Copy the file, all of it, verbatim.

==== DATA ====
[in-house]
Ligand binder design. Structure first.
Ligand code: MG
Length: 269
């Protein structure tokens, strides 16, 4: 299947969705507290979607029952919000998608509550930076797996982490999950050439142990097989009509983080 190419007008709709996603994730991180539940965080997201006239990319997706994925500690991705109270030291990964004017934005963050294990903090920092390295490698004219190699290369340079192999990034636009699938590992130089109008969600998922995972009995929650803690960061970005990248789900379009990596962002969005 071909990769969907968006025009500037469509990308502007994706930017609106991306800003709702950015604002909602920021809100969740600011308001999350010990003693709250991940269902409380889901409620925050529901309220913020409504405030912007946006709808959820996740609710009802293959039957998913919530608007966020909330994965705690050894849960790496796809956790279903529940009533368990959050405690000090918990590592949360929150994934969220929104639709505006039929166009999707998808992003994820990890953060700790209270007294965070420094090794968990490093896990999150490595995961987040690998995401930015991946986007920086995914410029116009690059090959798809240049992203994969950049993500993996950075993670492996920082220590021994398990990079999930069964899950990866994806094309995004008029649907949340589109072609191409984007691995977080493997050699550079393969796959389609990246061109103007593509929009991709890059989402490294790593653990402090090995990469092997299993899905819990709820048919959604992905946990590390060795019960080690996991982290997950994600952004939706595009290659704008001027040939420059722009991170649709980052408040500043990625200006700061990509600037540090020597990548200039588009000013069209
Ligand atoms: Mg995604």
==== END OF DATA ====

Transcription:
[in-house]
Ligand binder design. Structure first.
Ligand code: MG
Length: 269
């Protein structure tokens, strides 16, 4: 299947969705507290979607029952919000998608509550930076797996982490999950050439142990097989009509983080 190419007008709709996603994730991180539940965080997201006239990319997706994925500690991705109270030291990964004017934005963050294990903090920092390295490698004219190699290369340079192999990034636009699938590992130089109008969600998922995972009995929650803690960061970005990248789900379009990596962002969005 071909990769969907968006025009500037469509990308502007994706930017609106991306800003709702950015604002909602920021809100969740600011308001999350010990003693709250991940269902409380889901409620925050529901309220913020409504405030912007946006709808959820996740609710009802293959039957998913919530608007966020909330994965705690050894849960790496796809956790279903529940009533368990959050405690000090918990590592949360929150994934969220929104639709505006039929166009999707998808992003994820990890953060700790209270007294965070420094090794968990490093896990999150490595995961987040690998995401930015991946986007920086995914410029116009690059090959798809240049992203994969950049993500993996950075993670492996920082220590021994398990990079999930069964899950990866994806094309995004008029649907949340589109072609191409984007691995977080493997050699550079393969796959389609990246061109103007593509929009991709890059989402490294790593653990402090090995990469092997299993899905819990709820048919959604992905946990590390060795019960080690996991982290997950994600952004939706595009290659704008001027040939420059722009991170649709980052408040500043990625200006700061990509600037540090020597990548200039588009000013069209
Ligand atoms: Mg995604």